Plus, it was directed by the “King of the Summer Blockbuster”, Steven Spielberg, long before he could actually claim that title given this was really the movie that put him on the map. Him and John Williams, whose universally acclaimed Jaws theme was just the first of so many insanely perfect musical scores that one wonders what modern movies would be like without him.
So for all of this, it deserves to be mentioned in the top 3.
But for me personally, it’s not as good as the next two entries. Mainly because it’s got sucktacular sequels that diluted its brand a lot, which you can’t say the same about when it comes to its competition here at the top. Yep, for my number 2 and number 1, they benefit from being larger than just their individual movies.
In other words, for the next two, you are definitely going to need a bigger boat.
2.) Jurassic Park
What’s bigger than sharks? Dinosaurs obviously.
I mean, we have all seen sharks. You can go to any self respecting major aquarium in the US and see a shark. But Dinosaurs? Ones with actually all their flesh still clinging to their bones? The ones we dreamed about seeing for real every time we would visit a museum and see those massive fossilized skeletons that spurred the imagination with their immense size? Yeah, that just wasn’t possible prior to Jurassic Park and the painstaking attention to detail that Spielberg poured into the visual effects of this adaptation of the best selling Michael Crichton book.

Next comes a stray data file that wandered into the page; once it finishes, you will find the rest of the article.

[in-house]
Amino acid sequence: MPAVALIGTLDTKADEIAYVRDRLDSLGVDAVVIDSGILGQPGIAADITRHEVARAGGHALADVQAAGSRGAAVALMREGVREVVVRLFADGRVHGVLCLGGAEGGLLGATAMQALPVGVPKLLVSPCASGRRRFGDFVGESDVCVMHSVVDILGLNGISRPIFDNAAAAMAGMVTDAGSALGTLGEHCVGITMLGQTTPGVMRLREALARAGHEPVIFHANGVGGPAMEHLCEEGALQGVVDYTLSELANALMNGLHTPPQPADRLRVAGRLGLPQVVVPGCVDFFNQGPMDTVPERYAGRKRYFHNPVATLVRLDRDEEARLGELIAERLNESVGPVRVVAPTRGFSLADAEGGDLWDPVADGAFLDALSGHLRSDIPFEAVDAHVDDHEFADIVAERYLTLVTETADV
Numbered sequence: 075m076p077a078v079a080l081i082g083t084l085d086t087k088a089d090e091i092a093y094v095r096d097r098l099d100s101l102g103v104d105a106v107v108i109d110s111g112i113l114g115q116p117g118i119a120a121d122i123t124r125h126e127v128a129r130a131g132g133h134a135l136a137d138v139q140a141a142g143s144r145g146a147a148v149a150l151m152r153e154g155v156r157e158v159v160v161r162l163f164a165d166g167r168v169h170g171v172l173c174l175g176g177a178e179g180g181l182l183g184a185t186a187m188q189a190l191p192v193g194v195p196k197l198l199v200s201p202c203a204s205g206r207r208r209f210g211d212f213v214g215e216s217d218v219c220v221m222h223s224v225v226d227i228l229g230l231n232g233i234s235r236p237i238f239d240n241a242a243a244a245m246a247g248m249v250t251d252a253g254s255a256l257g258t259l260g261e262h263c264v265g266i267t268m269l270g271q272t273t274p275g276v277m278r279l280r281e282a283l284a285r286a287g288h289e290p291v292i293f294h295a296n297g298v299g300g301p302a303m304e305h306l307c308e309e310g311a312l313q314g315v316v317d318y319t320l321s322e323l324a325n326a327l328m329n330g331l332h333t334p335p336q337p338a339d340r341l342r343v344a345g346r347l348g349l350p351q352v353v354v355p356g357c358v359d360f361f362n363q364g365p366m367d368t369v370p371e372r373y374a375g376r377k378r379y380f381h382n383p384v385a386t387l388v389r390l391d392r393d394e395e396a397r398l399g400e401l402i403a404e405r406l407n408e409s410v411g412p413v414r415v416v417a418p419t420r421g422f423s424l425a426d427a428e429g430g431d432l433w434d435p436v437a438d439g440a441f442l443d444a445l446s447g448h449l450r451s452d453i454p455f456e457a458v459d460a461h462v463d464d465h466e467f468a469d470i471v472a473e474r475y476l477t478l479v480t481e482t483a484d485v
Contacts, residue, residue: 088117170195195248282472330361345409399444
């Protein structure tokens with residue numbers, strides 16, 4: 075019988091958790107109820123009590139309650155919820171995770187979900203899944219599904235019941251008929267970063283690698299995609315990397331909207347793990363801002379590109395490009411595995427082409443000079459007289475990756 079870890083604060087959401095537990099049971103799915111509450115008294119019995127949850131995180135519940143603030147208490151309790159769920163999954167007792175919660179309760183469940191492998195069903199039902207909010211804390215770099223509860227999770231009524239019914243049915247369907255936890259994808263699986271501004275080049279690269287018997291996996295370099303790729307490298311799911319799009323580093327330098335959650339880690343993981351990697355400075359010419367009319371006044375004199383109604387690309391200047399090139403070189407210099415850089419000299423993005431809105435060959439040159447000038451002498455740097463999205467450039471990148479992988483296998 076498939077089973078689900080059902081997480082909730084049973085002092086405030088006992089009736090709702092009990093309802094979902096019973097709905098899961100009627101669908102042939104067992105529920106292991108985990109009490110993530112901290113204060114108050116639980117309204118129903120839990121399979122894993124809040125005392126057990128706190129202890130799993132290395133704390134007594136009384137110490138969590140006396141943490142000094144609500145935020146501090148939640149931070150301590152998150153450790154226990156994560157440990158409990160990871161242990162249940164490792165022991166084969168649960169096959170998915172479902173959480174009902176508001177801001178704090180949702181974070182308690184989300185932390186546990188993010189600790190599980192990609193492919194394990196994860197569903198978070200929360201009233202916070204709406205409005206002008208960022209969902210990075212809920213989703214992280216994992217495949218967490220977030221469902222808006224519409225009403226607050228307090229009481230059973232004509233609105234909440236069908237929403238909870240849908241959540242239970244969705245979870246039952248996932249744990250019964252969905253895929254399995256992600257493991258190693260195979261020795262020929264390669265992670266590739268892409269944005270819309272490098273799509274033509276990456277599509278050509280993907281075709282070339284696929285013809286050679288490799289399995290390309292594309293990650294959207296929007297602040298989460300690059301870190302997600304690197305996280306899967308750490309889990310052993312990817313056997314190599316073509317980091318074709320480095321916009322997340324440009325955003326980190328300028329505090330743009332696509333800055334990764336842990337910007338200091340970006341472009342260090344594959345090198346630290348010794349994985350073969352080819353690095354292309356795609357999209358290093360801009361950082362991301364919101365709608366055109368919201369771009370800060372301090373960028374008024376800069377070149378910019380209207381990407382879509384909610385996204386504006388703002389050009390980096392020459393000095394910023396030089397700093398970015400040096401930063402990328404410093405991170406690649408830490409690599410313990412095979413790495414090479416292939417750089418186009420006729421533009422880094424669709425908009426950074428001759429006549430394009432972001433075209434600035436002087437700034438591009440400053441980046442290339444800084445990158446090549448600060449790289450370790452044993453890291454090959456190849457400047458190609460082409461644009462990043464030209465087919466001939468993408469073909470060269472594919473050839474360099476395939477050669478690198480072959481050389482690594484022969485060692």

Honestly, I didn’t even care about the other characters in this movie. Alan Grant? Blue Shirt guy, right? Ellie Sattler? The woman, right? Dr. Ian Malcolm? Oh that’s easy, it’s Jeff Goldblum. His character is actually the most important as he appears in the sequel “The Lost World” which was a great movie too.
But yeah, the real memorable characters were the T Rex and the vicious Velociraptors. They made you jump out of your seats and send your popcorn flying. They were the reason you bought the ticket. And honestly they are still the reason that the Jurassic Park franchise continues to make big bucks at the box office. Whether it’s the original trilogy or the Jurassic World themed ones, we as a species have always been deeply fascinated with Dinos and so any time we have an opporunity to see them in a meaningful way, we’re gonna jump at it.
Yep, even if it’s just to see some poor accountant get munched on the jon.